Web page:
A weekend ceremony celebrates the beginning of construction for two of the largest evangelical churches in Niamey burnt during Muslim rioting
Samaritan’s Purse Niger staff attended two brick laying ceremonies on Sunday, January 17, 2016, both held at churches burned exactly a year ago during Muslim rioting.
When shootings happened at the office of the satirical magazine “Charlie Hebdo” in Paris on January 7, 2015, tensions extended all the way to Niger. The 98 percent Muslim population was distraught about the cartoons of Muhammad that had appeared in the publication and wanted to avenge their prophet.
They planned demonstrations across the country, but as the crowd grew, the situation got out of control. People began going to Christians’ homes, stealing what they wanted and burning the rest. The damage quickly extended to churches and missionary schools.
The first burning in Niamey happened on January 17 at the Baptist Church at the Round Point. Throughout Niamey, 60 churches burned in four hours. In total, 70 churches across the country burned in two days.
When the burnings first happened, Samaritan’s Purse provided tents, chairs, songbooks, and musical instruments for several of the churches. In the long-term, we have committed to rebuild churches in Niamey, Zinder, and Gouré.
Like a Hand from God
At around 10:30 a.m. on January 17, 2016, Samaritan’s Purse staff members and Nigerien church leaders gathered with the pastor and congregation of The Baptist Church at the Round Point to celebrate the beginning of the rebuilding process.
The ceremony started with the song “Onward Christian Soldiers,” followed by several short speeches by the pastors; Bishop Kismo Boureima, the president of the Evangelical Alliance in Niger; and Carl Becker, the Samaritan’s Purse Niger country director.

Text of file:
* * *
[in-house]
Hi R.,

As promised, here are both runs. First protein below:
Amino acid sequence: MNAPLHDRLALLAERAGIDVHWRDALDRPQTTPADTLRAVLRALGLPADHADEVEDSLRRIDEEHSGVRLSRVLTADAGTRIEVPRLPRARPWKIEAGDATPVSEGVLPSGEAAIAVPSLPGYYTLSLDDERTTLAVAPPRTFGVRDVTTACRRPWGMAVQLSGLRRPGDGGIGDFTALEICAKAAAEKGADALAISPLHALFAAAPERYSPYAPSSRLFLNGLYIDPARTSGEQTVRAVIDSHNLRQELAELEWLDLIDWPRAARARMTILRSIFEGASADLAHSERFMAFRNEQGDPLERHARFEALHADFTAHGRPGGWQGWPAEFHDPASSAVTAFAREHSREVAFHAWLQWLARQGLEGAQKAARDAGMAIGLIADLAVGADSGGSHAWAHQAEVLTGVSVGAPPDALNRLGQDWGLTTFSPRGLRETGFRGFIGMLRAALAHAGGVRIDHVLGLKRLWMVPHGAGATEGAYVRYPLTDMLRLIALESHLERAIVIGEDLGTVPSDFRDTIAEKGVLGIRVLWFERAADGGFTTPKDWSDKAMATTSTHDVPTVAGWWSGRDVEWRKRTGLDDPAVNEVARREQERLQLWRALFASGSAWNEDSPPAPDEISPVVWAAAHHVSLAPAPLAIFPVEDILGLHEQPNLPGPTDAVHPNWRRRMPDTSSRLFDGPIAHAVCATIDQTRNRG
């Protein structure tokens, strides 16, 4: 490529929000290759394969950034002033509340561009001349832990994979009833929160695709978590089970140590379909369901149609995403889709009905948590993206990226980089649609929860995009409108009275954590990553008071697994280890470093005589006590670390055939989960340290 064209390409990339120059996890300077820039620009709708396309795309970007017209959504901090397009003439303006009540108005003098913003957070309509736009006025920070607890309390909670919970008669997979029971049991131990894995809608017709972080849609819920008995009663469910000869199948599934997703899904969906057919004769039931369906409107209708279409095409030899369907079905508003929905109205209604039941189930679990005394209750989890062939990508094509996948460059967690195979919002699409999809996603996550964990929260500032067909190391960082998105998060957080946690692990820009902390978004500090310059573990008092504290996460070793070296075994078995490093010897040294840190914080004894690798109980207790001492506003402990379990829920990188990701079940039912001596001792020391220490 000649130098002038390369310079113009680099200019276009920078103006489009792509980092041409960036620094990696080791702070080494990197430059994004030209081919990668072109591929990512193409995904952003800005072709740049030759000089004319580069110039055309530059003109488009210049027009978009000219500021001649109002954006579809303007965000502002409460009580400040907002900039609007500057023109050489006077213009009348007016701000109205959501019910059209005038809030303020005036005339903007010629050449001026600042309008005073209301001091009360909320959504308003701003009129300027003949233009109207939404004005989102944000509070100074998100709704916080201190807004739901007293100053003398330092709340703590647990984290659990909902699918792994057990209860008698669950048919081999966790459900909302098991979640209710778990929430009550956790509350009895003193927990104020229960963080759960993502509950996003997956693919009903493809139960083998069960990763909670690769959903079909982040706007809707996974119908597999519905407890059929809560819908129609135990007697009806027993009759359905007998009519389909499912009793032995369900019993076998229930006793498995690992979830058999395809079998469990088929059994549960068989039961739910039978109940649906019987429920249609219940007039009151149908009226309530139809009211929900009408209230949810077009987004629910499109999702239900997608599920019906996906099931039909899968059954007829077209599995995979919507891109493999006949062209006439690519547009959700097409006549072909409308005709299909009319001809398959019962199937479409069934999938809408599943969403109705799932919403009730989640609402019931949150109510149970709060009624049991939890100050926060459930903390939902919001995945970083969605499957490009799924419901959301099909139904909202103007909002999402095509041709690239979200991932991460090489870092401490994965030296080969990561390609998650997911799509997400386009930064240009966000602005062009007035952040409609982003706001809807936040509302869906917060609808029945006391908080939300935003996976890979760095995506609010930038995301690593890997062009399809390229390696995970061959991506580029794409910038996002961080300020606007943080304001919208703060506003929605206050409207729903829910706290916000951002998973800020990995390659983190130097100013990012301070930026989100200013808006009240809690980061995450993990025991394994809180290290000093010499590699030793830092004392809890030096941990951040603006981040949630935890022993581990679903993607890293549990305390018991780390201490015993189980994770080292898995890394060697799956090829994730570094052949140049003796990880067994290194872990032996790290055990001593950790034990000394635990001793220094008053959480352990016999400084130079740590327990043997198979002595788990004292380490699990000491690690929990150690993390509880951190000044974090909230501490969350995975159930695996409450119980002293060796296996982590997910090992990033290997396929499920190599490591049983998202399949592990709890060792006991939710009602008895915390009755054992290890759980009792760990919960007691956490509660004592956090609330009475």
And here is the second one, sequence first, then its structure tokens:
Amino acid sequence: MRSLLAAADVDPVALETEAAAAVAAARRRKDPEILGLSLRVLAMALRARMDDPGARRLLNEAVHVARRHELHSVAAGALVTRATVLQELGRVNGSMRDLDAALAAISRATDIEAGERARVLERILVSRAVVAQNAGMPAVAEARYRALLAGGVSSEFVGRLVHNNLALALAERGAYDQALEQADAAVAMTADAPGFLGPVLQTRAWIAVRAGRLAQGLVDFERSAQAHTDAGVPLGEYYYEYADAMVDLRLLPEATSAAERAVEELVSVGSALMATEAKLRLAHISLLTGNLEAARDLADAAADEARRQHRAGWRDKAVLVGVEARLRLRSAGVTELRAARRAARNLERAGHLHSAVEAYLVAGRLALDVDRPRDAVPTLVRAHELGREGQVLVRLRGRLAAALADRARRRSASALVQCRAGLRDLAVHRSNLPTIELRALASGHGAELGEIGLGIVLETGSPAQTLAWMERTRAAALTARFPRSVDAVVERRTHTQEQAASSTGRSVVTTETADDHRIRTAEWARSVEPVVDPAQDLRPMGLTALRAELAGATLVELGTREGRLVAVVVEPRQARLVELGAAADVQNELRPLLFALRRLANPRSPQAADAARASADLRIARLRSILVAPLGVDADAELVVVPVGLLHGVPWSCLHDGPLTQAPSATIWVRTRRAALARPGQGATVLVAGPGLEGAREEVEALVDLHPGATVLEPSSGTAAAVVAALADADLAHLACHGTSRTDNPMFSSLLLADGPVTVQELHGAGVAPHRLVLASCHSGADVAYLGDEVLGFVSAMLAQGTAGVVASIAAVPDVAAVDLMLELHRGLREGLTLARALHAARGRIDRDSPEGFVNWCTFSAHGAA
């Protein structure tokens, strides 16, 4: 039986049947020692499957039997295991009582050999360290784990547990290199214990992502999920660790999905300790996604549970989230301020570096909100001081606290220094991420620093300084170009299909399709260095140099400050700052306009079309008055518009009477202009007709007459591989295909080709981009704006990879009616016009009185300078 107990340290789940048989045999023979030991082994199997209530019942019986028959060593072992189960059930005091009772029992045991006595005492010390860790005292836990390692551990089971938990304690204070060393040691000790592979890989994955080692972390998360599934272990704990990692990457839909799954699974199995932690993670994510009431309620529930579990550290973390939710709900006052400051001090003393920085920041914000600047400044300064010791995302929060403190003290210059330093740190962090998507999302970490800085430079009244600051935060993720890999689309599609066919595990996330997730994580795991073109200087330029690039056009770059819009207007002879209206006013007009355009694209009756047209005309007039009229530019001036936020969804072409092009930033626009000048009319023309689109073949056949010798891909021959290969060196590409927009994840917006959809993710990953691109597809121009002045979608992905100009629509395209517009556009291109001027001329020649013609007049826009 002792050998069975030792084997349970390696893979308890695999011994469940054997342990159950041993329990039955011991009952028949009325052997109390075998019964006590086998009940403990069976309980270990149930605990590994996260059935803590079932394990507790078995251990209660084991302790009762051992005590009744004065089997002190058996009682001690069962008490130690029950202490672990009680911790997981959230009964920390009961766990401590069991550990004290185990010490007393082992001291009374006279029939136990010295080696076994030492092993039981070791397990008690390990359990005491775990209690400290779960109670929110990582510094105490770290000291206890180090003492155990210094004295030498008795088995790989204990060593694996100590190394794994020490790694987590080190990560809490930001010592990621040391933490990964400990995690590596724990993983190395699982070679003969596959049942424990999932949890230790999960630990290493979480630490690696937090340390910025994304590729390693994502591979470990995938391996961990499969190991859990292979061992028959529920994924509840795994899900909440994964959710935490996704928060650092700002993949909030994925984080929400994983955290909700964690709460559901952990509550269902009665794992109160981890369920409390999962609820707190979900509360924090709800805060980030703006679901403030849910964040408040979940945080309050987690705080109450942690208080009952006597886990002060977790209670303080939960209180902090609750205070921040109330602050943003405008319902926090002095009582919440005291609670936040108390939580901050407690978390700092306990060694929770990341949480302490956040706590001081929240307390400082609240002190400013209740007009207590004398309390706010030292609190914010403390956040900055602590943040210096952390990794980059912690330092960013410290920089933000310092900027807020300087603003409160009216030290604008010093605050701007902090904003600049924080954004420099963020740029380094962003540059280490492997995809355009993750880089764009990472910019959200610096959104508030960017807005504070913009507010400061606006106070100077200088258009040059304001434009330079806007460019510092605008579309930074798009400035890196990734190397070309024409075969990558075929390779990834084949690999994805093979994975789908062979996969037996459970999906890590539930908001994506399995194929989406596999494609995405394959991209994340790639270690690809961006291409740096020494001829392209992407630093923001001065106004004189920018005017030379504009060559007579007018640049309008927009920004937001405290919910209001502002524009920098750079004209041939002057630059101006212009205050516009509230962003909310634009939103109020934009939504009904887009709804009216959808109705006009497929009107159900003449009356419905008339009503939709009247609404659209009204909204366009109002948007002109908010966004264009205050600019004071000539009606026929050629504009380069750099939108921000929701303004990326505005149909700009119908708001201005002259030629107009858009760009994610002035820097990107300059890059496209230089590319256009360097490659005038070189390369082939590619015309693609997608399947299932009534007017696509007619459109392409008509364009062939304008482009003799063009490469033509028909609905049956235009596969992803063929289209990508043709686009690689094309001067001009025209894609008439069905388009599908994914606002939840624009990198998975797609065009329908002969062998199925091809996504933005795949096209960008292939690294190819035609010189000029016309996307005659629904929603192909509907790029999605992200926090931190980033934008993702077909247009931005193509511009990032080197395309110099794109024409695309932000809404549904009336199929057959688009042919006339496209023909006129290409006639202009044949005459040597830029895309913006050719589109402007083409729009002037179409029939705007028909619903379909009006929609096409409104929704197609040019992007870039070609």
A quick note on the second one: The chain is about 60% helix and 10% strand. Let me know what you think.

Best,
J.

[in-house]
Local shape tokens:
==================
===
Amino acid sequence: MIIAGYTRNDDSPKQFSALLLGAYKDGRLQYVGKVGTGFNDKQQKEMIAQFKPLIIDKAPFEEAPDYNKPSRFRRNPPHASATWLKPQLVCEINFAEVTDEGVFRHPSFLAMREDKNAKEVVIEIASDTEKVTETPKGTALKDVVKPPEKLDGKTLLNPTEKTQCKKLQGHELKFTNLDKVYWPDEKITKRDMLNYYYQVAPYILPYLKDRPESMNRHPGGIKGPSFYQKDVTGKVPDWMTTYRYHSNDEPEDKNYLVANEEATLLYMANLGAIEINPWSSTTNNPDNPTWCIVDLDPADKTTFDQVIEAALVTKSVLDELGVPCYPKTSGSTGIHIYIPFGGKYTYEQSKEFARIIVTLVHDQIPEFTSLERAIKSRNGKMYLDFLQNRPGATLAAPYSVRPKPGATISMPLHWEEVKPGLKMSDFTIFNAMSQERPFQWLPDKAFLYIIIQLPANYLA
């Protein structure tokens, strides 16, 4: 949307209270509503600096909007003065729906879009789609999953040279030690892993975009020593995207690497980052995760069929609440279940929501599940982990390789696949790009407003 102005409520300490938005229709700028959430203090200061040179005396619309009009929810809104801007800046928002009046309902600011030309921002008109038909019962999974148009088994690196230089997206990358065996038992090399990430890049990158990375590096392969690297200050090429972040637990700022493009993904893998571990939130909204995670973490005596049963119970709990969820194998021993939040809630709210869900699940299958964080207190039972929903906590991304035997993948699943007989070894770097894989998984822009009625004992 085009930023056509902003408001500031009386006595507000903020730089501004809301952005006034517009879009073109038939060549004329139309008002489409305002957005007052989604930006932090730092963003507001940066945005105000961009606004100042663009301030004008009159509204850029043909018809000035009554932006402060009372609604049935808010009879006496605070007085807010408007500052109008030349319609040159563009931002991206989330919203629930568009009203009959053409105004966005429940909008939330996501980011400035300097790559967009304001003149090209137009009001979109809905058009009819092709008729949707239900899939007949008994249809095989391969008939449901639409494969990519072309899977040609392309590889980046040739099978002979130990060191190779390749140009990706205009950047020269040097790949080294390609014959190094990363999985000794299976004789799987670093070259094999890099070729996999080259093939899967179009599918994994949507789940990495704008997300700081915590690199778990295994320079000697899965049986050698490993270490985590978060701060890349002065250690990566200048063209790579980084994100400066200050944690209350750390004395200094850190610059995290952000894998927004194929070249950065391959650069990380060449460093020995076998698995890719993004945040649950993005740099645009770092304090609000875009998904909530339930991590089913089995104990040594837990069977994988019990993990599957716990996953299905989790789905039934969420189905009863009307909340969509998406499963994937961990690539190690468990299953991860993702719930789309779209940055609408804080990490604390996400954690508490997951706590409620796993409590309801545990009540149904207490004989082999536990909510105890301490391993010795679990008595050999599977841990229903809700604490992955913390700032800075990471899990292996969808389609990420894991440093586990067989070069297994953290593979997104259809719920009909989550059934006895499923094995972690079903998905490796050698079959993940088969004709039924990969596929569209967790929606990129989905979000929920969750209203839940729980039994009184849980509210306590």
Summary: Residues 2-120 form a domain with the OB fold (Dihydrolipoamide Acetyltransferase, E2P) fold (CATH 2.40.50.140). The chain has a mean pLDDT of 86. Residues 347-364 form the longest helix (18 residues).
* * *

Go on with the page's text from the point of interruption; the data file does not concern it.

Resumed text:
After the speeches, church leadership unveiled the new church plan, and the first brick was laid.
“Round Point folk mentioned repeatedly how grateful they were that Samaritan’s Purse has come like a hand from God to help them to be able to rebuild their church once again,” Carl Becker said.
Earlier in the week, many of the same people had gathered to pray for God’s blessing as the sites were cleared and as new construction moved forward. Boureima also prayed for the future of the church’s ministry.
When the ceremony was finished, Samaritan’s Purse staff members continued with Boureima to the second church that is preparing for a rebuild, Boukoki.
Since their building was burnt, the church has been meeting in a converted warehouse. The first part of the ceremony was held inside the warehouse as the final part of their regular Sunday service. The pastor; Maiaike Kadade, the president of the Evangelical Church of the Republic of Niger; Boureima; and Becker spoke to the congregation.
After the speeches, the entire congregation moved outside for the brick laying ceremony. The church leadership unveiled the new plans, and the first brick was laid.
“May angels come to sing with us in the new sanctuary,” Kadade said.
The church hopes that the new church building will strengthen their ministry. One ministry they plan on doing soon is distributing Operation Christmas Child shoeboxes.
When the ceremony was completed, Samaritan’s Purse staff members toured the pastor’s house, which was also burned on January 17, 2015. We recently completed the rehabilitation, and the pastor received his new keys after the ceremony.
“This is really the expression of the faithfulness and goodness of God and of his church,” Boureima said. “Since the first day of the attacks, we have proclaimed that the church has forgiven. We must turn the page of the past and look forward.”